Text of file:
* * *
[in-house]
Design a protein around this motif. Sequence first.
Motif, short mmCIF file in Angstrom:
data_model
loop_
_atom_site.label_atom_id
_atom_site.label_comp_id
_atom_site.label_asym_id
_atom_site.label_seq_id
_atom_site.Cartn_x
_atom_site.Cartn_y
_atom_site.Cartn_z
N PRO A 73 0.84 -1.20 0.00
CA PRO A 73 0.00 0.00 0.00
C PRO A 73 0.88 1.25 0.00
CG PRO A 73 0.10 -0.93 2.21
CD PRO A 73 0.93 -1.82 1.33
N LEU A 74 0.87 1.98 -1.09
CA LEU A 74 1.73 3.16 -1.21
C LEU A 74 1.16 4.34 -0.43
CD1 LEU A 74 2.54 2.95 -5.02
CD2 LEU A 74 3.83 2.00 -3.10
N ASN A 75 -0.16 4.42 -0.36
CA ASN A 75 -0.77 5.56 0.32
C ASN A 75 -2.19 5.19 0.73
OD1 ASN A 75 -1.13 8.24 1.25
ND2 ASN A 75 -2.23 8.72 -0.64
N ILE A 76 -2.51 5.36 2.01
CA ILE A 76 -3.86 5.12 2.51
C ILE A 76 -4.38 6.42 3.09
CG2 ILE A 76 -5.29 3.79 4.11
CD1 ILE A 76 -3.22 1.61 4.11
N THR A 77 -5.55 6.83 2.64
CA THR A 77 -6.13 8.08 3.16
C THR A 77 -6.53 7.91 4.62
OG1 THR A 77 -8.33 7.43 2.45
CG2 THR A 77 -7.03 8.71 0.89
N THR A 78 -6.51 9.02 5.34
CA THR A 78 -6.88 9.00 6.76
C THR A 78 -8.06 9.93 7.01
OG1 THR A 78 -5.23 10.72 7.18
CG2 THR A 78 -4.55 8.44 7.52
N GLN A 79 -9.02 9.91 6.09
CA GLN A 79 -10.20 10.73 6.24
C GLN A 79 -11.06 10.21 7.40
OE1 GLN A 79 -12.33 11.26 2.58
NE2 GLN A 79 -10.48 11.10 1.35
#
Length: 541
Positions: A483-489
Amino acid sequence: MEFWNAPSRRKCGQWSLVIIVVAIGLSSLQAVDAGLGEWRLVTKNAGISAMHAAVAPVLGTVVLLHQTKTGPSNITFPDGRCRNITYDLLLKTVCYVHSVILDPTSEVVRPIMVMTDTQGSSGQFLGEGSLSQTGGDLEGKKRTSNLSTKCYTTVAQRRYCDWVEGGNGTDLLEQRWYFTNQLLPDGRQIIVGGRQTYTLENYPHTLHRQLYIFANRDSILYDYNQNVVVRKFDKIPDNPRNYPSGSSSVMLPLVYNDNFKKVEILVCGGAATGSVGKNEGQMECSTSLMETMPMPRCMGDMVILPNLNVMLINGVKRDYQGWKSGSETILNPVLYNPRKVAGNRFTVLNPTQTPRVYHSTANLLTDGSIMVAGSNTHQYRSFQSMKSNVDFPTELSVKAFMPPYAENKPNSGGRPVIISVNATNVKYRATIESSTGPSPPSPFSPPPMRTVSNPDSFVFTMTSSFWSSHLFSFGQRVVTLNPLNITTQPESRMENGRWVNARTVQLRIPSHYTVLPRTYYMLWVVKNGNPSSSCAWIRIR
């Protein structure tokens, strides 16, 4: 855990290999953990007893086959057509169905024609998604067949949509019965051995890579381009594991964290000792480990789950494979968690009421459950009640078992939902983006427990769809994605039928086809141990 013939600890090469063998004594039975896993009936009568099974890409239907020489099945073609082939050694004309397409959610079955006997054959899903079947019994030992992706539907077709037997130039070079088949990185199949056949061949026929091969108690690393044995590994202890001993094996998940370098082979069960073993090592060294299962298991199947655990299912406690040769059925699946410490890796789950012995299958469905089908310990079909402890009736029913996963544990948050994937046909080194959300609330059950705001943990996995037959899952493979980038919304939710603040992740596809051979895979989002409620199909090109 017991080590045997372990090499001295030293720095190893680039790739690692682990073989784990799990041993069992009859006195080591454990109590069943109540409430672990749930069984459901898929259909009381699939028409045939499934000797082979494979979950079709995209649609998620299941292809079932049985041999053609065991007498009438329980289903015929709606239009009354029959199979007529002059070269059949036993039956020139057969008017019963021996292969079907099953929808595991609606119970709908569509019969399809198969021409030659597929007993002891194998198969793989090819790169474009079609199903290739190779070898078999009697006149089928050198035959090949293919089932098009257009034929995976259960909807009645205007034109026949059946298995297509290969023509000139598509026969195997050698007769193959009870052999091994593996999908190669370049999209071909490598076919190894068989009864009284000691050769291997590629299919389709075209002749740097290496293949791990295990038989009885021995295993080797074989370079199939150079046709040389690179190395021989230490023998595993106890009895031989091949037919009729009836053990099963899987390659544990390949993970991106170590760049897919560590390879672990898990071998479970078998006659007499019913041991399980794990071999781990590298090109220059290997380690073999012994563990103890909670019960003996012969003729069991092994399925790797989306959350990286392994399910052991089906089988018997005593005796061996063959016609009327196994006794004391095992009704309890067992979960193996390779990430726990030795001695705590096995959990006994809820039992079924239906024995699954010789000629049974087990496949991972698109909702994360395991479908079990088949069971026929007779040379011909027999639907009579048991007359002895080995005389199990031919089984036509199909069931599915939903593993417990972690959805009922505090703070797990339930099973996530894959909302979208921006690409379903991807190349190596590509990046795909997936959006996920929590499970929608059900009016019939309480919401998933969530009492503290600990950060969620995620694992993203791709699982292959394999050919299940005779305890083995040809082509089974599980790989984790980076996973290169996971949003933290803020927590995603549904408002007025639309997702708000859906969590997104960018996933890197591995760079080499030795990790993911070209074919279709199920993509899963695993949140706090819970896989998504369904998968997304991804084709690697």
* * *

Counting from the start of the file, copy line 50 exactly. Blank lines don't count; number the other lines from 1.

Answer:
Positions: A483-489